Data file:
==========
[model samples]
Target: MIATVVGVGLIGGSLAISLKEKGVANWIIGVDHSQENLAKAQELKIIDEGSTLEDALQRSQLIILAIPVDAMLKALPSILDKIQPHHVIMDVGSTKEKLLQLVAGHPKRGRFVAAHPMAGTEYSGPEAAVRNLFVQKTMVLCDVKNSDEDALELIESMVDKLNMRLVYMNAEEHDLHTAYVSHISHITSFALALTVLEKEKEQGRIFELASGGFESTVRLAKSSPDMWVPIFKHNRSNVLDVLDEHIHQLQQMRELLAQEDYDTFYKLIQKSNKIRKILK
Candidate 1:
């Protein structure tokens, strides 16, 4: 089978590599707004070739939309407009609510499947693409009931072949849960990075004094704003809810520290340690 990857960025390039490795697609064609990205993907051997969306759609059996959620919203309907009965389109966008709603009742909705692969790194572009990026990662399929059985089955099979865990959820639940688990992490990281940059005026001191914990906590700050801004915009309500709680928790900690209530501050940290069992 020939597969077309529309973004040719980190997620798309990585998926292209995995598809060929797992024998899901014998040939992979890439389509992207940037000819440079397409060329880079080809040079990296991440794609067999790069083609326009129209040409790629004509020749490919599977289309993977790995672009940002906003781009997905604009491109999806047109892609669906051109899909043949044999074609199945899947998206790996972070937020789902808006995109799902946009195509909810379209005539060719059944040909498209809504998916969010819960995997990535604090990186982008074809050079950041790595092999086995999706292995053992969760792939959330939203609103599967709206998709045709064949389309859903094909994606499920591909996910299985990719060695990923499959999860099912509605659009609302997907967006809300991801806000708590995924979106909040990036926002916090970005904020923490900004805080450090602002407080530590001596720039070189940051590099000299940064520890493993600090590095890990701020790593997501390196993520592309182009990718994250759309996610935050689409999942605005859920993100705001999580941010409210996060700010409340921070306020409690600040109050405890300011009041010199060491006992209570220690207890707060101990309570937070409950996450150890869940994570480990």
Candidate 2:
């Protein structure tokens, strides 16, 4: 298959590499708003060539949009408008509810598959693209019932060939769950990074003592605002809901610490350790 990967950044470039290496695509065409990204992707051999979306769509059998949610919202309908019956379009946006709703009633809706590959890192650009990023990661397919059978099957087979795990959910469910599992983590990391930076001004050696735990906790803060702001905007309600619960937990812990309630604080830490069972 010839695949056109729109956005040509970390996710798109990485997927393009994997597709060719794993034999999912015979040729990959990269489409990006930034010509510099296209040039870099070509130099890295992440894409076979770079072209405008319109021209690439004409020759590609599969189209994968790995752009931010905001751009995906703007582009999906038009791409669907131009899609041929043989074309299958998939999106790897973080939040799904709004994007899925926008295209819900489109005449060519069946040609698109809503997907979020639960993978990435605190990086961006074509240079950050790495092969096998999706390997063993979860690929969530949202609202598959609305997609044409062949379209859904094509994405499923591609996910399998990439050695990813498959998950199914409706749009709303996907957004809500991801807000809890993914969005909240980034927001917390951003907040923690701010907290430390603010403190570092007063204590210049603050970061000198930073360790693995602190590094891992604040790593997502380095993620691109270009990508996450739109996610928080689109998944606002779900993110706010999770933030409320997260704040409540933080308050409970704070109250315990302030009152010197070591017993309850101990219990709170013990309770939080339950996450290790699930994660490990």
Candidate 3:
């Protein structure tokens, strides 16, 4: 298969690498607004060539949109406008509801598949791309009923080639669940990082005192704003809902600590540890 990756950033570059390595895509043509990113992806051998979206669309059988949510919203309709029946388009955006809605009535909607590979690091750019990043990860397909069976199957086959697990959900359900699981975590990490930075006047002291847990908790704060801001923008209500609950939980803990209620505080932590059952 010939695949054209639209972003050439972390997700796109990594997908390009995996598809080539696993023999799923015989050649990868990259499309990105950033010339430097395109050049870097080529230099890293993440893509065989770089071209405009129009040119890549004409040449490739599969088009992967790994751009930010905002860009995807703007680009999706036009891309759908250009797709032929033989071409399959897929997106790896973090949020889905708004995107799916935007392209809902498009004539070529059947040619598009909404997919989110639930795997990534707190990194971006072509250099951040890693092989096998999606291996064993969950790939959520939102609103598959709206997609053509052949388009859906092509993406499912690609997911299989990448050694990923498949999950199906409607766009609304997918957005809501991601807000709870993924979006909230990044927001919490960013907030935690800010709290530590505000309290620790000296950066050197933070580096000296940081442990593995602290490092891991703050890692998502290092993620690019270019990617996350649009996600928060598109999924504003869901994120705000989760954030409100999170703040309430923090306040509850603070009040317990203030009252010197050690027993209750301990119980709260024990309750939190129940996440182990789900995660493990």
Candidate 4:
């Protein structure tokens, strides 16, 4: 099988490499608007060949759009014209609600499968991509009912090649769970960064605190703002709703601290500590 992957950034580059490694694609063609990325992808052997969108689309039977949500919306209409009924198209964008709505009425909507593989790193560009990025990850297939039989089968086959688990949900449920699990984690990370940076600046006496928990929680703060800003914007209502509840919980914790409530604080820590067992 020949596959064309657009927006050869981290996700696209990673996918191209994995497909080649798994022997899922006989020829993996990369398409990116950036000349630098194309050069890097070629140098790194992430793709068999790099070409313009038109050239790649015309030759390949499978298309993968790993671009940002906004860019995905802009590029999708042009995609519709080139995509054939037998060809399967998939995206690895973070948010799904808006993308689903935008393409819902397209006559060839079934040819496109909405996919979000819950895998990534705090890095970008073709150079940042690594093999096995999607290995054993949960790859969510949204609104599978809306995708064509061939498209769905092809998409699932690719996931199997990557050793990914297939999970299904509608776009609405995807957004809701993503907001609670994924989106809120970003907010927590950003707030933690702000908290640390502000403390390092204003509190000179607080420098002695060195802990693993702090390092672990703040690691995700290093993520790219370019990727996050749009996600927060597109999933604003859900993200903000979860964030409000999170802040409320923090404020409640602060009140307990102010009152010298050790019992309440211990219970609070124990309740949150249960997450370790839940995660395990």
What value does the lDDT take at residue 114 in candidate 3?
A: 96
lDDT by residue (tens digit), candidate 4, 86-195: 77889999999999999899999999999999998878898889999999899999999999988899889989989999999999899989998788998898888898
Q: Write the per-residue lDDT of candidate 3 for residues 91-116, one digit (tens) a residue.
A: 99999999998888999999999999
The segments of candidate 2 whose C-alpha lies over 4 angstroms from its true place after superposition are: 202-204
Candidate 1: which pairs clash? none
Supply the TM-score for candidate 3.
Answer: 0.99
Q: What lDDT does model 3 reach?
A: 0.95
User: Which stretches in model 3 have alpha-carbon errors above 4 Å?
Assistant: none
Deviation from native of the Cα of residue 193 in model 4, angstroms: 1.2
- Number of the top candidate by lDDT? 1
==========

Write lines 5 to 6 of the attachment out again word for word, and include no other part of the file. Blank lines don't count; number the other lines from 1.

Candidate 2:
């Protein structure tokens, strides 16, 4: 298959590499708003060539949009408008509810598959693209019932060939769950990074003592605002809901610490350790 990967950044470039290496695509065409990204992707051999979306769509059998949610919202309908019956379009946006709703009633809706590959890192650009990023990661397919059978099957087979795990959910469910599992983590990391930076001004050696735990906790803060702001905007309600619960937990812990309630604080830490069972 010839695949056109729109956005040509970390996710798109990485997927393009994997597709060719794993034999999912015979040729990959990269489409990006930034010509510099296209040039870099070509130099890295992440894409076979770079072209405008319109021209690439004409020759590609599969189209994968790995752009931010905001751009995906703007582009999906038009791409669907131009899609041929043989074309299958998939999106790897973080939040799904709004994007899925926008295209819900489109005449060519069946040609698109809503997907979020639960993978990435605190990086961006074509240079950050790495092969096998999706390997063993979860690929969530949202609202598959609305997609044409062949379209859904094509994405499923591609996910399998990439050695990813498959998950199914409706749009709303996907957004809500991801807000809890993914969005909240980034927001917390951003907040923690701010907290430390603010403190570092007063204590210049603050970061000198930073360790693995602190590094891992604040790593997502380095993620691109270009990508996450739109996610928080689109998944606002779900993110706010999770933030409320997260704040409540933080308050409970704070109250315990302030009152010197070591017993309850101990219990709170013990309770939080339950996450290790699930994660490990």